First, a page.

Even childrenwho aren't chewing on paint chips can get lead into their system if there'slead-based paint in or around their home or another building they spend timein.
Doors and windowframes covered with lead paint release tiny particles of lead dust into the airevery time they're opened or closed. Kids may breathe in this lead dust or pickit up on their hands when it settles on floors and furniture. Once the leaddust is on their hands, it's a quick trip to their mouth when they lick theirfingers or eat with their hands.
Pregnant women withelevated levels of lead in their blood can transfer lead to their unborn baby.
Where are children mostlikely to encounter lead?
Here are themost likely situations – and other sources of lead to watch out for.
Living in anolder home: The age of yourhouse is an important factor. In general, the older your house is, the morelikely it is to have lead-based paint and the greater the amount of lead thepaint will have.
Older homes arealso more likely to have lead pipes, which can leach lead into water used fordrinking, making formula, and cooking.
Spending timein or near any older building: Your child may also be at risk if he attends day-care or school in anolder building, plays in a yard near an older home that's being renovated, orfrequently visits a friend who lives in an older home.
Being near afreeway or industrial area:The lead that these sources have put into the air over time is likely to havecontaminated the soil nearby.
Carrying leadinto the house: People withcertain jobs and hobbies can inadvertently bring lead residue home on theirhands and clothing. If you work with stained glass or pottery, refinishfurniture, or visit indoor shooting ranges, be sure to change your clothes andwash your hands before returning home.
Other commonsources of lead:
· Oldfurniture, playground equipment, and toys painted or varnished with alead-based product. (Repainting these items may not be enough to make them safe.The lead paint may have to be removed through a special process first or atleast be sealed in.)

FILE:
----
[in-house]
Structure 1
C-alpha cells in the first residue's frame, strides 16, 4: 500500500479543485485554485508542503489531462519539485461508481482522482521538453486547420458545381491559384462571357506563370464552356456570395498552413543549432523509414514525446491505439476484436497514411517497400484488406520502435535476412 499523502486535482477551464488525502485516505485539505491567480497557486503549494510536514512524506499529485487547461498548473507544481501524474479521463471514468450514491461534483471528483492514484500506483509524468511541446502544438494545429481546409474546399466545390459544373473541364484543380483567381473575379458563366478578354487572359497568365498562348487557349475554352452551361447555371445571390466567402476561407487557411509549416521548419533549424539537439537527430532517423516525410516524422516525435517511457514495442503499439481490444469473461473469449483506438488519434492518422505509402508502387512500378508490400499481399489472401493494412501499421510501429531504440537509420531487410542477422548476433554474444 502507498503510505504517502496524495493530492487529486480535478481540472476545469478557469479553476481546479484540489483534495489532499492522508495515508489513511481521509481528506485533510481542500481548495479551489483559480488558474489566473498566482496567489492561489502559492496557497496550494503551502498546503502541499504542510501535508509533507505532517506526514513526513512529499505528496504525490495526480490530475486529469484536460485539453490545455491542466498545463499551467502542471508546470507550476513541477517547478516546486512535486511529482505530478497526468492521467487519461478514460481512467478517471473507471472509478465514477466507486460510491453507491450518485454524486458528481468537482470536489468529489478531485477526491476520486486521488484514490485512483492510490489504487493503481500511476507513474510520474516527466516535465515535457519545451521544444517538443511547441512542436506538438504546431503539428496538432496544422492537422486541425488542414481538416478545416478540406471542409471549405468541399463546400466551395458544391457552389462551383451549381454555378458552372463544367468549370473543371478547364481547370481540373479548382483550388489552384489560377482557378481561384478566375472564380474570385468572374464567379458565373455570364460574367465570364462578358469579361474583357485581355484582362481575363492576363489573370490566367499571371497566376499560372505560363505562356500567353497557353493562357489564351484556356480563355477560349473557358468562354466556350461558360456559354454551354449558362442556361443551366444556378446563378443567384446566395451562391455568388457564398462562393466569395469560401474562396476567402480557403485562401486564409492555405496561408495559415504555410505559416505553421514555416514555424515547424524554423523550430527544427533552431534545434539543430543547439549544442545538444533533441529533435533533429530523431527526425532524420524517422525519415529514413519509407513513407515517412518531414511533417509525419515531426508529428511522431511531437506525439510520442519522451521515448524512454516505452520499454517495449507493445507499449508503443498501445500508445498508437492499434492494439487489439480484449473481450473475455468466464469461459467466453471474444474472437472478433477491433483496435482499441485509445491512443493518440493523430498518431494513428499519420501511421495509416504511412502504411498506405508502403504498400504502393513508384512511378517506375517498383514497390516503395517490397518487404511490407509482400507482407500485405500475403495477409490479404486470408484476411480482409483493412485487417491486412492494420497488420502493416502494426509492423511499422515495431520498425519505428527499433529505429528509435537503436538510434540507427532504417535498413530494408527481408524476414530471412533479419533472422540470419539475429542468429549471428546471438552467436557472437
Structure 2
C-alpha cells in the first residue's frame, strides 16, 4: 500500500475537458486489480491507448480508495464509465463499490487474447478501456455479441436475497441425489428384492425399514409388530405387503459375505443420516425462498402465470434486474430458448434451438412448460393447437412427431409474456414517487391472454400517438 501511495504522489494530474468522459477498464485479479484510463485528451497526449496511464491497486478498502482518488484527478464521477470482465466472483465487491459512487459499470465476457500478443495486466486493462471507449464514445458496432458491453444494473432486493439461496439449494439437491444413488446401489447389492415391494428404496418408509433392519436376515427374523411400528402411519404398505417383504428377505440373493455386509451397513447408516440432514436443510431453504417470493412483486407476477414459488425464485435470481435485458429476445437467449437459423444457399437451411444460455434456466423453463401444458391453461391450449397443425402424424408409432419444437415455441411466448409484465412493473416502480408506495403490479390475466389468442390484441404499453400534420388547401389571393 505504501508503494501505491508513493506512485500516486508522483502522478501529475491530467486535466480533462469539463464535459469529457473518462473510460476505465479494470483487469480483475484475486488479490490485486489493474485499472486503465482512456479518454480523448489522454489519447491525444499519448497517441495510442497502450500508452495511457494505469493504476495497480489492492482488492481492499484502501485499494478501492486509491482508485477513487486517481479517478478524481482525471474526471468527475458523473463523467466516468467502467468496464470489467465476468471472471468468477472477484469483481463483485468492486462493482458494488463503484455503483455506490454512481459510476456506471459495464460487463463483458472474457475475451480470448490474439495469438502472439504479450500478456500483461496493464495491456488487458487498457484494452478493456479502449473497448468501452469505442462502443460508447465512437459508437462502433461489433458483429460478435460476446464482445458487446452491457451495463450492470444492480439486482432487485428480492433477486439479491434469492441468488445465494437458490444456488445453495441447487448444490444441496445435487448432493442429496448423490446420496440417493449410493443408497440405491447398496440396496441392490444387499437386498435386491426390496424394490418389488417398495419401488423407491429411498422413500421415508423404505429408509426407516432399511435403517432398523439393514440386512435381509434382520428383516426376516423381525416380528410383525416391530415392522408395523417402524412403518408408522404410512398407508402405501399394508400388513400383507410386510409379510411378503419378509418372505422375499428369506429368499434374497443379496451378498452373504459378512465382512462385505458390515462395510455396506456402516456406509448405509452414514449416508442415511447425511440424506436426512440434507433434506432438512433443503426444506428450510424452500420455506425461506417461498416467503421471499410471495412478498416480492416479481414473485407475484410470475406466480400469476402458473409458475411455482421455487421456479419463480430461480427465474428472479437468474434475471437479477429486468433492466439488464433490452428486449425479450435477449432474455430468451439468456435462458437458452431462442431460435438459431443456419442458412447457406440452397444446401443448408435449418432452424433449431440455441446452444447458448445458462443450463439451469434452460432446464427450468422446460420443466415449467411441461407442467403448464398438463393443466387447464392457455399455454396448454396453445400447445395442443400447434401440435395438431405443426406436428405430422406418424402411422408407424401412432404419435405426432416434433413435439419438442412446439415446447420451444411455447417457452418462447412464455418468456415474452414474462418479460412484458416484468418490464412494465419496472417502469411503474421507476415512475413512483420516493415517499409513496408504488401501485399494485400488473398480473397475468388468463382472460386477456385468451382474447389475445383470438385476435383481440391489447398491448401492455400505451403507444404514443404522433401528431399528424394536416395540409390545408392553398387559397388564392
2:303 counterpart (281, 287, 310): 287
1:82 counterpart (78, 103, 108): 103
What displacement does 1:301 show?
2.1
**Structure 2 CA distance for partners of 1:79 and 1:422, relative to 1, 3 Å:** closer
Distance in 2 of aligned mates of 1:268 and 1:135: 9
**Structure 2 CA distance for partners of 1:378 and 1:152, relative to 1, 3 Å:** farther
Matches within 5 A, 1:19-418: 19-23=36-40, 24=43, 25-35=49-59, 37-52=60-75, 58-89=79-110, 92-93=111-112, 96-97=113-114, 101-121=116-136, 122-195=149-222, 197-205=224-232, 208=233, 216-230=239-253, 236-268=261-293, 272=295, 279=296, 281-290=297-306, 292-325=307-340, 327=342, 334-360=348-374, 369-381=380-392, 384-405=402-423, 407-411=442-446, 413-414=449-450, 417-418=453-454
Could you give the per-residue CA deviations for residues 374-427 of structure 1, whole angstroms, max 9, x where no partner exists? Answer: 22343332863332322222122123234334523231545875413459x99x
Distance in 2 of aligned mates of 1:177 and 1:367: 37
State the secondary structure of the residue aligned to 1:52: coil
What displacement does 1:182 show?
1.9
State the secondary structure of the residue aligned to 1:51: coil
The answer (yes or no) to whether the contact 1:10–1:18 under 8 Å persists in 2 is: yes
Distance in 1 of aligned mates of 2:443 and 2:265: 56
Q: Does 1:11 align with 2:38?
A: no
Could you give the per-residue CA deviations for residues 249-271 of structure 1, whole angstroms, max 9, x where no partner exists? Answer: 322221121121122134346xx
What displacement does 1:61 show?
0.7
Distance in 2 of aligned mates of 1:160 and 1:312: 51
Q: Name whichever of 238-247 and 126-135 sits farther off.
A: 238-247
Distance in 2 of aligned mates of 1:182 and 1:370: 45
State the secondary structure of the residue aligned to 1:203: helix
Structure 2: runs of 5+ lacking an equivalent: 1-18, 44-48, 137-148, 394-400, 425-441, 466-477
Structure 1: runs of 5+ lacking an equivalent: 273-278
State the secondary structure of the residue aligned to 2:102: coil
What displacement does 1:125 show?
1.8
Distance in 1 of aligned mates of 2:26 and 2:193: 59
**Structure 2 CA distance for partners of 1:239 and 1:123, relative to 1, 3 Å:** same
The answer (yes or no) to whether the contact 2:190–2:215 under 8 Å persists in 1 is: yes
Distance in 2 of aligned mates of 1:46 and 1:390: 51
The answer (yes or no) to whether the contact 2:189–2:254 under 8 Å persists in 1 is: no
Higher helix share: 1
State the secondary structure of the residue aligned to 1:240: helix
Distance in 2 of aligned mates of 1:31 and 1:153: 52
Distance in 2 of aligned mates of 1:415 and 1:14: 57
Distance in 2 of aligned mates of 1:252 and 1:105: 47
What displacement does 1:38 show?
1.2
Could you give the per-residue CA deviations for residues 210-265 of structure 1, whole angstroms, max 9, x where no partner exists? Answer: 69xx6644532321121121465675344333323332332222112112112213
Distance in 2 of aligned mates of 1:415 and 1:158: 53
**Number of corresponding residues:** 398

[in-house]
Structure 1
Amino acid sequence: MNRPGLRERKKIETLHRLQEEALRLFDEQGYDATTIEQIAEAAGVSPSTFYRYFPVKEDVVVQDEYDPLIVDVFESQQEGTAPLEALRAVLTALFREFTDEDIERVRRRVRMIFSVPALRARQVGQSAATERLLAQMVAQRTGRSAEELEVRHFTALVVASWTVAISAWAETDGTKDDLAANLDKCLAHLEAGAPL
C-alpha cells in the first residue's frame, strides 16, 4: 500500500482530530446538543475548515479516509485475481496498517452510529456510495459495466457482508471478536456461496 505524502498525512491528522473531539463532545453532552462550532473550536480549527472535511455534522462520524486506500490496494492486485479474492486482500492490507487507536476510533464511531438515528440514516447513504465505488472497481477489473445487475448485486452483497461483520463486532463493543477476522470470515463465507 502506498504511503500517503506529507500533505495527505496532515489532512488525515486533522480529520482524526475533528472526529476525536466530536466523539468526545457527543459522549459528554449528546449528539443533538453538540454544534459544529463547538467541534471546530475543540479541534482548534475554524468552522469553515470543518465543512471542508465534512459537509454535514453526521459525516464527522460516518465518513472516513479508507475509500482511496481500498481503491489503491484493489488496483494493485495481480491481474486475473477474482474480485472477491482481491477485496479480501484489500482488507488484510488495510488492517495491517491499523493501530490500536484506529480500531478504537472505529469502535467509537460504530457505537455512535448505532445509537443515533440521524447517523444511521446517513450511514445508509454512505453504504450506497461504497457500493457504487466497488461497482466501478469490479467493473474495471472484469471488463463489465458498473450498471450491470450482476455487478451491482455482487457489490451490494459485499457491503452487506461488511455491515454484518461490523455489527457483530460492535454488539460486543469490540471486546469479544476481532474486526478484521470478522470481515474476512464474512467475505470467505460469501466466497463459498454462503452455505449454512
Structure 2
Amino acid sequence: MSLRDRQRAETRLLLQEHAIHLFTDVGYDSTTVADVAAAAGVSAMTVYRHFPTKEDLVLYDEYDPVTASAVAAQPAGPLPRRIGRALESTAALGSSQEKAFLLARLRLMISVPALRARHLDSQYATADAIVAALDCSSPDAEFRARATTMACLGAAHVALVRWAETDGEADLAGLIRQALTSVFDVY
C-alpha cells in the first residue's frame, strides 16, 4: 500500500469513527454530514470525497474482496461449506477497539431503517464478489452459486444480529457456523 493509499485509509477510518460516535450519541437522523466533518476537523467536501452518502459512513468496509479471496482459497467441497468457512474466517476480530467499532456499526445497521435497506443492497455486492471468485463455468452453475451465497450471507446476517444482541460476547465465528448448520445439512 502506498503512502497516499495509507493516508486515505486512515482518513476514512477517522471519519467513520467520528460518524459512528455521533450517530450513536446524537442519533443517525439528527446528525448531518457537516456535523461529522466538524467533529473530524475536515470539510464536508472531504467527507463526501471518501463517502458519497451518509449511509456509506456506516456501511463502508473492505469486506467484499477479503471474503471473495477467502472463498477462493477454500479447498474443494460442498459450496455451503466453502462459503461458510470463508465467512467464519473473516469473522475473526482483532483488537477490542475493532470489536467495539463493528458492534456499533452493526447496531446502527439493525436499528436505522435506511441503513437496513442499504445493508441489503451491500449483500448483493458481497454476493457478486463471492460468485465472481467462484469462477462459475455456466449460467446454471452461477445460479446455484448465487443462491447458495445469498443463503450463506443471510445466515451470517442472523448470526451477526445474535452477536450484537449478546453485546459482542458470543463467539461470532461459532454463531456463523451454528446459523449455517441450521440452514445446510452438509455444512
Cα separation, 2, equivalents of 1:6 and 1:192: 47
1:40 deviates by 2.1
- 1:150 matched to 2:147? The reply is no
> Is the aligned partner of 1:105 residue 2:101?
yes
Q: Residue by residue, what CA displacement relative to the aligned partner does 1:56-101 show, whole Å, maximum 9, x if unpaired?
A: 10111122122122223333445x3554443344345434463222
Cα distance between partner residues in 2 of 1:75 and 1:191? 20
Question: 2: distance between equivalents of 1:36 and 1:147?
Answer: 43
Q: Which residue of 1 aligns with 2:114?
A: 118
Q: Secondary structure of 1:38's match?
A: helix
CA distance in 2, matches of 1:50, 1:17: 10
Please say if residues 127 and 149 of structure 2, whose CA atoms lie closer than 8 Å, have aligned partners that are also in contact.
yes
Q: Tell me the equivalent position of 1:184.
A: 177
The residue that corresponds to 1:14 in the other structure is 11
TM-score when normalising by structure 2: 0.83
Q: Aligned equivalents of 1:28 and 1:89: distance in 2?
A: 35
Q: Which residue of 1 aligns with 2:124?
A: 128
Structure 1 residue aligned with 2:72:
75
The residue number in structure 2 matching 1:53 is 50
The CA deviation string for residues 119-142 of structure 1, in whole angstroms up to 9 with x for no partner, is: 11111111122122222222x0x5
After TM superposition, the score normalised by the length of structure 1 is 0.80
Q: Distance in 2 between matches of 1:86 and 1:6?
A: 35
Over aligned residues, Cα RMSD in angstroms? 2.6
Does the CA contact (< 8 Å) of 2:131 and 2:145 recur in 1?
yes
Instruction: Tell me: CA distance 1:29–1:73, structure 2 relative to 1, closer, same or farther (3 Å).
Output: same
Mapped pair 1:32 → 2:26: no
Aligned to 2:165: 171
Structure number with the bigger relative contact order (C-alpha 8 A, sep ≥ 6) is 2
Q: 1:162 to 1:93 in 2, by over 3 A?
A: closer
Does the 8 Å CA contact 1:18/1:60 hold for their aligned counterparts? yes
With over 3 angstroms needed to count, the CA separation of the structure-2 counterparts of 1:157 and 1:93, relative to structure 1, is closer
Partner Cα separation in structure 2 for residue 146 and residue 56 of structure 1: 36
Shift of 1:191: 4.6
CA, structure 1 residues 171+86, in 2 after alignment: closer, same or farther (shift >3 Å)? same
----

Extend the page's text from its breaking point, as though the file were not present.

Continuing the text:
· Oldvinyl flooring
· Oldplumbing – lead pipes, or copper pipes joined with lead solder
· Olderor imported brass faucets
· Brasskeys (Don't let your child play with any kind of keys.)
· Leadcrystal glassware
· Sometoy jewellery
· Potterywith lead glaze (especially common in ceramics made in developing countries)
· Importedfood in cans sealed with lead solder
· Leadfishing weights
· Somehobby materials (like stained glass supplies)
· Someimported makeup (kohl, kajal, surma)
· Factories(smelters, battery plants, foundries, incinerators)
Leadoccasionally pops up in unexpected places. Some candles have metal-cored wicksthat put unsafe amounts of lead into the air when you burn them, for example,so stick to candles with paper or cotton wicks.
In 1996, the CDCdiscovered that some imported vinyl mini-blinds contained lead that had beenadded to stabilize the plastic. Government tests showed that some of theseblinds produced lead dust in dangerous amounts, and the blinds were withdrawnfrom the market. If your home contains non-glossy vinyl mini-blinds from 1996or earlier, you should think about replacing them
Should I have my child tested?
It might be a good idea,especially if you have concerns about his exposure – if you live in an olderhouse, for example, or a neighbour has been renovating an older house, or ifyour child attends day-care or school in an older building. The screening is a simpleblood test.
The American Academy of Paediatricsrecommends routine screening at age 1 and 2, unless you know for sure that yourchild hasn't been exposed. The CDC suggests that state and local healthofficials determine the appropriate screening criteria for their areas, so thatmore children who have been exposed to lead will be screened while children whoare less likely to have been exposed won't be screened unnecessarily.
Other groups – like theCoalition to End Childhood Lead Poisoning and Healthy Child Healthy World –recommend testing annually beginning at age 1 until age 5 or 6.
The Environmental ProtectionAgency (EPA) recommends that children who are at risk for lead exposure betested at 6 months of age and then every six months until age 2 and thenannually until age 6.
Even if your child isn't atrisk, the EPA recommends testing at ages 1 and 2. After age 5 or 6, mostexperts don't recommend routine testing.
Talk with your child's doctorabout whether testing your child for lead is a good idea. If you have reason tosuspect that your child may have been exposed to lead, insist that he betested, regardless of his age.
What about acute lead poisoning?
Fortunately, acute leadpoisoning is rare. If you're aware of the sources of lead mentioned here andtake the appropriate precautions, the chances of your child developing aserious case of lead poisoning are quite low.
There are cases, however, inwhich a parent is unknowingly giving child doses of lead. Certain Hispanic andAsian folk remedies – like greta and azarcon, used to treat stomach upset, and pay-loo-ah, used for rash and fever – contain dangerous levels oflead, for example.
What are the symptoms of lead poisoning?
A child may have no symptoms,even if he has unsafe levels of lead in his body.